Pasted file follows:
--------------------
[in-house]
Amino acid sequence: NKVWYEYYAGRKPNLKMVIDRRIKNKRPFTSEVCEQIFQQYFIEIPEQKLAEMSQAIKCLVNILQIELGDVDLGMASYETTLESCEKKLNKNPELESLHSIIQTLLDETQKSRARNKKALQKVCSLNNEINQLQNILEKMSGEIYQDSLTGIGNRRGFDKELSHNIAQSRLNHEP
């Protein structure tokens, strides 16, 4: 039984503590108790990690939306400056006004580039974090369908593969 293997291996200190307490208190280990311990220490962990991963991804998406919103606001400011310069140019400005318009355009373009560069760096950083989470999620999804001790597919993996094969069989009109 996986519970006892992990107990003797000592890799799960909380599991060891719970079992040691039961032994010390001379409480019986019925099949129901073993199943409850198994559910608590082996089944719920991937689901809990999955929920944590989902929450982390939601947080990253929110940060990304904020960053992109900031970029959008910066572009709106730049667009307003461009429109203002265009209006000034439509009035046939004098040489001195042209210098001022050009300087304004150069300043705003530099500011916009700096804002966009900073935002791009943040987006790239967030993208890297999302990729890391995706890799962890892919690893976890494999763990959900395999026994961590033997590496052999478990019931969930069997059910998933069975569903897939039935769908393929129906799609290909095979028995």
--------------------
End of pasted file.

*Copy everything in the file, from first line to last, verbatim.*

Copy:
[in-house]
Amino acid sequence: NKVWYEYYAGRKPNLKMVIDRRIKNKRPFTSEVCEQIFQQYFIEIPEQKLAEMSQAIKCLVNILQIELGDVDLGMASYETTLESCEKKLNKNPELESLHSIIQTLLDETQKSRARNKKALQKVCSLNNEINQLQNILEKMSGEIYQDSLTGIGNRRGFDKELSHNIAQSRLNHEP
């Protein structure tokens, strides 16, 4: 039984503590108790990690939306400056006004580039974090369908593969 293997291996200190307490208190280990311990220490962990991963991804998406919103606001400011310069140019400005318009355009373009560069760096950083989470999620999804001790597919993996094969069989009109 996986519970006892992990107990003797000592890799799960909380599991060891719970079992040691039961032994010390001379409480019986019925099949129901073993199943409850198994559910608590082996089944719920991937689901809990999955929920944590989902929450982390939601947080990253929110940060990304904020960053992109900031970029959008910066572009709106730049667009307003461009429109203002265009209006000034439509009035046939004098040489001195042209210098001022050009300087304004150069300043705003530099500011916009700096804002966009900073935002791009943040987006790239967030993208890297999302990729890391995706890799962890892919690893976890494999763990959900395999026994961590033997590496052999478990019931969930069997059910998933069975569903897939039935769908393929129906799609290909095979028995």